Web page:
Neil Young ‎– Songs For Judy

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Shakey Pictures ‎– 9362-49037-8
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Notes

Volume 7 of Neil Young Archives Performance Series
Neil Young: solo
Recorded November 1976

Barcode and Other Identifiers

  • Barcode: 093624903789
  • Label Code: LC00322
  • Rights Society: GEMA/BIEM

Other Versions (5 of 6) View All

Cat# Artist Title (Format) Label Cat# Country Year
574192-2 Neil Young Songs For Judy(CD, Album) Shakey Pictures 574192-2 US 2018 Sell This Version
WPCR-18154 Neil Young Songs For Judy(CD, Album, SHM) Shakey Pictures WPCR-18154 Japan 2018 Sell This Version
9362-49037-9, 574192-1 Neil Young Songs For Judy(2xLP, Album) Shakey Pictures Records, Shakey Pictures Records 9362-49037-9, 574192-1 Europe 2018 Sell This Version
574192-1 Neil Young Songs For Judy(2xLP, Album) Shakey Pictures 574192-1 US 2018 Sell This Version
2-574192, 574192-2 Neil Young Songs For Judy(CD, Album) Shakey Pictures, Shakey Pictures 2-574192, 574192-2 Canada 2018 Sell This Version

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Alan_Burns

Alan_Burns

December 3, 2018
Good to see an official release for one of my favourite NY bootlegs - think it was just called 'Solo Concert' or something when I bought it in the 90s as a TDK cassette with a photocopied cover.

Being a teenager from the UK, I hadn't heard of Baskin & Robbins at the time, and for years thought Neil was saying "I'm just basking in providence now".
streetmouse

streetmouse

December 1, 2018
edited 2 months ago

Young begins the outing by taking three and a half minutes to lightly, laughingly berate his audience for wishing to hear Neil bring to light his classic numbers, or as he calls them, ”The old shit.”

From there he walks into “Too Far Gone” with its drug references, where the audience shouts and cheers and Neil engages in more conversation. By the time we get to “Heart of Gold,” I’m thinking that Neil has found his groove, willing to finally give the audience a treat, yet even in so doing, he sounds a bit disingenuous, as if there’s an internal dialog going on in his head, where even as he strums and sings, he’s saying “Well, if I can’t play the new stuff, at least I’ll take your money for doing this crap.” Regardless, his sea of upturned cult-like faces cheer the beginning and end of each number, not to mention the middle, as if they’re trying to convey some hip message that they were on the Neil Young train back back when, with all of this adulation making the entire album nearly unlistenable, as there’s nothing to remember but the clapping, the cheering, leaving me to think that while being at the show might have been a lot of fun, it’s not a home listening experience by any stretch of the imagination.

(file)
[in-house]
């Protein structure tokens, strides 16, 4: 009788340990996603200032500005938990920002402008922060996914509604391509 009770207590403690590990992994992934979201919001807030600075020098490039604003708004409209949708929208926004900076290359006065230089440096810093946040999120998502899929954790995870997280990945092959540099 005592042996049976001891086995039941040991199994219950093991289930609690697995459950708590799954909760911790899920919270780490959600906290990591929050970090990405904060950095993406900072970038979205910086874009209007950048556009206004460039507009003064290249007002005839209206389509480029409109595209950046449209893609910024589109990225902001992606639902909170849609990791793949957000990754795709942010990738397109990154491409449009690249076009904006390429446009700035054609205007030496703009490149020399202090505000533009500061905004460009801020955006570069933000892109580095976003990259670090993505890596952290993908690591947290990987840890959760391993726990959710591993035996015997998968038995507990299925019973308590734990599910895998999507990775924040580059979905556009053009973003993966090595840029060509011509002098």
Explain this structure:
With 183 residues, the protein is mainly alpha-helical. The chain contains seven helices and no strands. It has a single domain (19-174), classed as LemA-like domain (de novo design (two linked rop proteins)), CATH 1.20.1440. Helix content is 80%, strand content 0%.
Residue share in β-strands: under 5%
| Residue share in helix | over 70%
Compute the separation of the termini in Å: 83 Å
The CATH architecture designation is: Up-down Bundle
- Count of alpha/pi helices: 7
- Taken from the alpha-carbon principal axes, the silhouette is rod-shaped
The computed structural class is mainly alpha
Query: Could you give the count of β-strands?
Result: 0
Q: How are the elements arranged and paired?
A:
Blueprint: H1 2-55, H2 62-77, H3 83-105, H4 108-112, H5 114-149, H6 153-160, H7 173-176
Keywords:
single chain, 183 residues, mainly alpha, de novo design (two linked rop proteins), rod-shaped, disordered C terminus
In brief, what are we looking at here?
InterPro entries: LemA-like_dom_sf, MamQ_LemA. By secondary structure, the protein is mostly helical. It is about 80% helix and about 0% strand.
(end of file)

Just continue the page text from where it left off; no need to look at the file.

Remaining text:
By the time he reaches “Mr. Soul” he’s no longer complaining about being a Wurlitzer Jukebox, and has now taken to comparing himself to Baskin Robins and their same ol’ 31 flavors of ice cream. Yeah … it’s all derived from an acoustic set prior to Crazy Horse taking the stage back in 1976.

I managed to see Neil back during these times, where like the man himself, I’d taken a Quaalude and smoked a bit too much weed, which of course meant that the show was great (or not) no matter what transpired on stage. Some claim a raptured warmth is found within this collection, sorted through by the young journalist Cameron Crowe (remember the movie “Almost Famous”) along with Joel Bernstein, Neil’s sanctioned photographer, who together assembled what you’re hearing. All of this leaves me to wonder how relevant this album is today … once upon a time everyone was releasing live material, it was expected, and of course led straight to the Unplugged sessions. However, the notion of worshiping a very weary and very high dude with an acoustic guitar has severely dropped out of fashion, though I’m sure the hippie spirit abides, meaning there will be a market for this bit of goofiness, mainly for those who weren’t there then, or perhaps given as a gift to aging parents by their kids who think their folks will enjoy kicking back to a memory of a different time and space, with or without a joint, and certainly without the Quaaludes.

“Sugar Mountain” prophetically ends the set, and if you know the song then you understand my use fo the word prophetic, with the lyrics describing getting too old, that the noisy fair descriptor in the song could easily stand in for the concert, that the air’s been let out of the coloured balloons, that here we stand with our friends, knowing but not ready to admit that life will not be changing for the better, and that right here (at this show), right now, is as good as it’s ever gonna get.

Yet even with the full moon peering in though my backdoor, with this record spinning on my turntable, there’s nothing here that I remotely recognize or wish to relive. Sometimes it’s best to keep your memories tucked away and nourished, much better than being wakened forty plus years later with the reality of those magical days.

*** The Fun Facts: The album’s title is taken from Young’s surreal ramble about spying Judy Garland in the front row.

Review by Jenell Kesler